• Complies fully with Quick Charge 3.0 standards
  • Comes with USB-C to USB-C and USB-A to USB-C cables
  • Head says, “Buy this”
USB-C power bank

Cygnett 20,000 USB-C  Power bank

  • Almost the same specs as Laser with five extra amps output
  • Cost .007495 cents per mAh
  • Complies fully with Quick Charge 3.0 standards
  • Rubberised non-slip finish looks great
USB-C power bank

Cygnett 27,000
USB-C  Power bank

  • Highest output of all but heaviest at 649g
  • Cost .00666 cents per mAh
  • Complies fully with Quick Charge 3.0 standards
  • Rubberised non-slip finish looks great
  • Has a second USB-C output (maximum 5V/2.4A)
  • Heart says to buy this
USB-C power bank

RAVPower 26,800
USB-C  Power bank

  • Amazingly light at 463g for 26800mAh
  • It achieves the light weight though different battery technology and only outputs a maximum of 47A.
  • Mostly complies to Quick Charge 3.0 standard –no 12V/3A output
  • If you get it at the discount price of $99.95 the cost is .00372 cents per mAh otherwise it is .00596 cents per mAh
  • Nice accessories
USB-C power bank

GadgetGuy’s take – and the winner of the USB-C power bank is?

They are all fit for purpose.

If you want massive capacity, it is hard to ignore the Cygnett 27000 but the RAVpower 26800 at $99.95 on special is the winner. In real-world tests, both took over 5 hours to full charge.

Cygnett’s 20000 is more pocketable, but in tests, it took nearly as long to charge as its 27000mAh big brother.

The winner is Laser’s 20,000 mAh that offers four USB-A ports as well as USB-C power delivery in the lightest package. It also charged significantly faster at 3.25 hours than the others making me feel it has implemented QuickCharge 3.0 the best.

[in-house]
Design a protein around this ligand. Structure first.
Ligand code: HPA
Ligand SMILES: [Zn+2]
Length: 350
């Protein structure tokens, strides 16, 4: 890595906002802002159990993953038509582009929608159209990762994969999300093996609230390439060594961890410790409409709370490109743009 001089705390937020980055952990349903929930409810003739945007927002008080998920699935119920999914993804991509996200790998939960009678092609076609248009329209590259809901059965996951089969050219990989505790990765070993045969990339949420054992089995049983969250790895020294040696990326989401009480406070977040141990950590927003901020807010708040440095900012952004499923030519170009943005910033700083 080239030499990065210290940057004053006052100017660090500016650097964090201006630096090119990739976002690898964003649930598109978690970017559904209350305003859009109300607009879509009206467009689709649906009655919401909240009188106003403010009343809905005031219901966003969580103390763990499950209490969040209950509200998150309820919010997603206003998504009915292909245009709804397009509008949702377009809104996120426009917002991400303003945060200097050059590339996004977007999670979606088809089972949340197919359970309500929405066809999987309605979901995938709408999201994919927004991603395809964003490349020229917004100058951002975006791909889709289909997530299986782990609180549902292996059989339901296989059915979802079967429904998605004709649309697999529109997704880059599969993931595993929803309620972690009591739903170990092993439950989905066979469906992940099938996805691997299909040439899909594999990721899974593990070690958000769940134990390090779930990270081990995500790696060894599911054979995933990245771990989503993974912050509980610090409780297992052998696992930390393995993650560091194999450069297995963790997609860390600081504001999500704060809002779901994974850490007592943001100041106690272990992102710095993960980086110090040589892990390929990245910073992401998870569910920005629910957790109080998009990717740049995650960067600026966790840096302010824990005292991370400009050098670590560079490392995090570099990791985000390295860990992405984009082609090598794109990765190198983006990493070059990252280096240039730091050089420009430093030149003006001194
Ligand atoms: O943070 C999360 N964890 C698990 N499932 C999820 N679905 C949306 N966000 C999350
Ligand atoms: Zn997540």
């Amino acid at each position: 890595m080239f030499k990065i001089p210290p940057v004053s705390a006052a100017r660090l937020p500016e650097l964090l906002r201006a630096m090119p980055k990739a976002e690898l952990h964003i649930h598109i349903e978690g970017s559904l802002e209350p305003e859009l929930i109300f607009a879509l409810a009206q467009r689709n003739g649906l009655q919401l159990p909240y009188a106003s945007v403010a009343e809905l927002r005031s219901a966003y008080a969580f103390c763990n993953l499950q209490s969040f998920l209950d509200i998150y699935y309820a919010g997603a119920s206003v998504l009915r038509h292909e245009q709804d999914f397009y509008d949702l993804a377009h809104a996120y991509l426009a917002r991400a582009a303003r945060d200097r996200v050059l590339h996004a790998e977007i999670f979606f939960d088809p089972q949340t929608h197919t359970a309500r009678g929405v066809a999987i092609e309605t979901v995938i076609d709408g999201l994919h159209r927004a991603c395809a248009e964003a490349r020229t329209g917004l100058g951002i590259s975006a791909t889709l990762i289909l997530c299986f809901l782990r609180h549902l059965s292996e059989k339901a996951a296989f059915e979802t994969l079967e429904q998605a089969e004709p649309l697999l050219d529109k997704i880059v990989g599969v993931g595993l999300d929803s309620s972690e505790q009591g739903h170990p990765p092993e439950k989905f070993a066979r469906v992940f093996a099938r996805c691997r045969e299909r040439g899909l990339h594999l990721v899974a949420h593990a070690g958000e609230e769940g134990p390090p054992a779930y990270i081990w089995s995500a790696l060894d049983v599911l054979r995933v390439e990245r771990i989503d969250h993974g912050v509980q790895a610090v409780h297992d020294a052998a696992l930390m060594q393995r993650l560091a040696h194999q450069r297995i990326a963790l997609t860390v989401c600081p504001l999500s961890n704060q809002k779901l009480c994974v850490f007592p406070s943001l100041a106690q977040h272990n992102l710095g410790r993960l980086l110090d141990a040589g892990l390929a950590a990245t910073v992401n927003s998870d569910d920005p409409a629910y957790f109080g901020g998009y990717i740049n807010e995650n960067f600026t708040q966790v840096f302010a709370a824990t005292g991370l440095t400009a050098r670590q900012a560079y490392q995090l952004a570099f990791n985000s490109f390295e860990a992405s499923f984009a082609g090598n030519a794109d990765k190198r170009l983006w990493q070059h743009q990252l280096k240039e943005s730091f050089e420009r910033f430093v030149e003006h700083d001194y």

You will be happy with any of them.

Feature Laser Cygnett Cygnett RAVPower
mAh capacity 20000 20,000 27000 26800
mAh measured 3.7V/20A=74W 3.7V/20A=74W 3.7Vx27A=99.9W 3.7Vx26.8A=99.16W
Input micro-USB Yes No No Yes
Input wattage max 5V/2A=10A N/A N/A 5V/2A=10A
Input USB-C Quick Charge 3.0 same same same
Input USB-C 5V/3A
12V/3A 14.5V/2.4A



Input Wattage max 36 30 30 30
Theoretical recharge time in hours USB-C Quick Charge (real times about twice these) 2.05 2.5 3.33 3.31
Theoretical recharge micro-USB 7.4 N/A N/A 9.916
Output USB-C 1 Quick Charge 3.0 same same same
Voltage provided 5V/3A
12V/3A 14.5V/2.4A

Output max Quick Charge 3.0 40 45 60 30
Output USB-C 2 N/A N/A 5Vx2.4A=12W N/A
Output USB-A 1 5Vx3A=15W 5Vx2.1A=10.5W 5Vx2.4A=12W 5Vx3.4=17W
Output USB-A 2 Or 3A total if 1 and 2 are used together 5V/3A
Maximum 18W
N/A Or 5×2.4A=12W in total if used with USB-A 1
Output USB-A 3 3A N/A N/A N/A
Output USB-A 4 Or 3A total is 3 and 4 are used together N/A N/A N/A
Total Output wattage 55 63 72 47
LED check 4 4 4
USB-C to USB-C cable Yes No No Yes
USB-A to USB-C Yes Yes Yes No
USB-A to micro-USB 2
Soft case No No No Yes
Weight g 425 454 649 463
Price $129.95 $149.95 $179.95 $159.95 but on special for $99.95
Charges MacBook Pro 13 2018 60W Yes Yes Yes Yes
Charges Lenovo Yoga 920 2018 70W Yes Yes Yes Yes
Charges Samsung Galaxy Note9 4000mAh Up to 5 times Up to 5 times Up to 6.7 times Up to 6.7 times
Charges iPhone XS Max 3179mAh Up to 6.3 times Up to 6.3 times Up to 8.4 times Up to 8.4 times